Arusha, April 2, 2004 (FH) – A prosecution witness on Thursday declared before the International Criminal Tribunal for Rwanda (ICTR), that the former military commander of Gisenyi region, Lieutenant Colonel Anatole Nsengiyumva, had in April 1994, led an attack against Tutsi refugees claiming they were rebels. The protected witness code-named “DBN” testified in the so-called “Military I” trial where Nsengiyumva and three other senior officers in the former Rwandan army (ex-FAR) are accused for their alleged roles in the genocide.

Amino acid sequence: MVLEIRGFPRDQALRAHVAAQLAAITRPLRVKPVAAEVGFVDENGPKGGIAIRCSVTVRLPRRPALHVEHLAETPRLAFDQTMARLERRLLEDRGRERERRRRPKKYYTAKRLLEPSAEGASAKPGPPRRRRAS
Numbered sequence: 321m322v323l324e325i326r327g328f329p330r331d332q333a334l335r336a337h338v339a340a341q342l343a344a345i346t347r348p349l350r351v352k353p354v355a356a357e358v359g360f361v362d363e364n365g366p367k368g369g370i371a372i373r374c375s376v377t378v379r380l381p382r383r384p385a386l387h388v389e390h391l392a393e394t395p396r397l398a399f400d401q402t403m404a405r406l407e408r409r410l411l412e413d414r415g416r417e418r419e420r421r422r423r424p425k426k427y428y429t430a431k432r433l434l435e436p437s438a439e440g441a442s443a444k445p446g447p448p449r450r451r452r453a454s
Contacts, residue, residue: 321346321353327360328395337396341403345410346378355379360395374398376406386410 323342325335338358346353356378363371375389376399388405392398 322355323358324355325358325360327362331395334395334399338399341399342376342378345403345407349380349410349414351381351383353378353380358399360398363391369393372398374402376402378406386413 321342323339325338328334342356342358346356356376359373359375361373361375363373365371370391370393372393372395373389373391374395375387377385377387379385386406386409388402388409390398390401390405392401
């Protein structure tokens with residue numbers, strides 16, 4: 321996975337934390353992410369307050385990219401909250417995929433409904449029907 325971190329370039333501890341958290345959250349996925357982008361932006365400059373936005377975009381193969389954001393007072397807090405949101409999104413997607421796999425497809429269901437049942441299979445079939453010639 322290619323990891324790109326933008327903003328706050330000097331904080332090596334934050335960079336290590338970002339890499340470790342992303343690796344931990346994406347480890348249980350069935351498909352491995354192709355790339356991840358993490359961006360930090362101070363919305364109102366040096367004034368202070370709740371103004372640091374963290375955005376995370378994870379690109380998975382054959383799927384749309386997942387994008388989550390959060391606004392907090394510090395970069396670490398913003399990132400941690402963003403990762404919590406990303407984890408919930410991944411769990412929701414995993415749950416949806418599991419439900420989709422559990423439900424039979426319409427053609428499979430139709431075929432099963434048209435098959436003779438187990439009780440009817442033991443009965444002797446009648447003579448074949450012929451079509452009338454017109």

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He is the 50th witness to testify since the trial began in April 2002. DBN declared that after the plane carrying president Habyarimana was shot down on April 6, 1994, Nsengiyumva went to Kanombe (Kigali) “to ask for soldiers to take to Masaka as there were Inkotanyi (Rwanda Patriotic Front (RPF) rebels) there”. The former commander of the Para-commando battalion based in Kigali, Major Aloys Ntabakuze, one of those accused with Nsengiyumva allegedly deployed a platoon of thirty soldiers and a military vehicle. “When they came back, soldiers who had taken part in that operation told me that they had lied to them”, said DBN. “It was not the Inkotanyi but Tutsis who were hiding in the coffee plantation and nearby houses”. “There was no fighting, the Tutsis were attacked by grenades”, pointed DBN, without indicating the number of victims. DBN continued to say that the Para-commando battalion of which he was a member, had fled Kanombe at the end of April ahead of the advancing RPF. It crossed the border in July 1994. When he arrived at Mugunga refugee camp with his men, Ntabakuze allegedly urged them to keep their morale and not disperse, assuring them that they would regain their territory “with the help of the French”. French soldiers were based in south-west Rwanda at that time under the UN authorised humanitarian operation baptised “Turquoise”. The mission ended August 22, 1994. Anatole Nsengiyumva and Aloys Ntabakuze are jointly charged with the former director of Cabinet in the Rwandan ministry of defence, Colonel Theoneste Bagosora, and the former head of military operations of the army, Brigadier Gratien Kabiligi. All have pleaded not guilty to charges of genocide, crimes against humanity and war crimes that have levelled against them. The trial is taking place in Trial Chamber One of the ICTR composed of Judge Erik Møse from Norway, Judge Serguei Aleckseievich Egorov from Russia, and Judge Jai Ram Reddy of Fiji. It will continue on Monday. KN/GA/CE/FH(ML''0402e)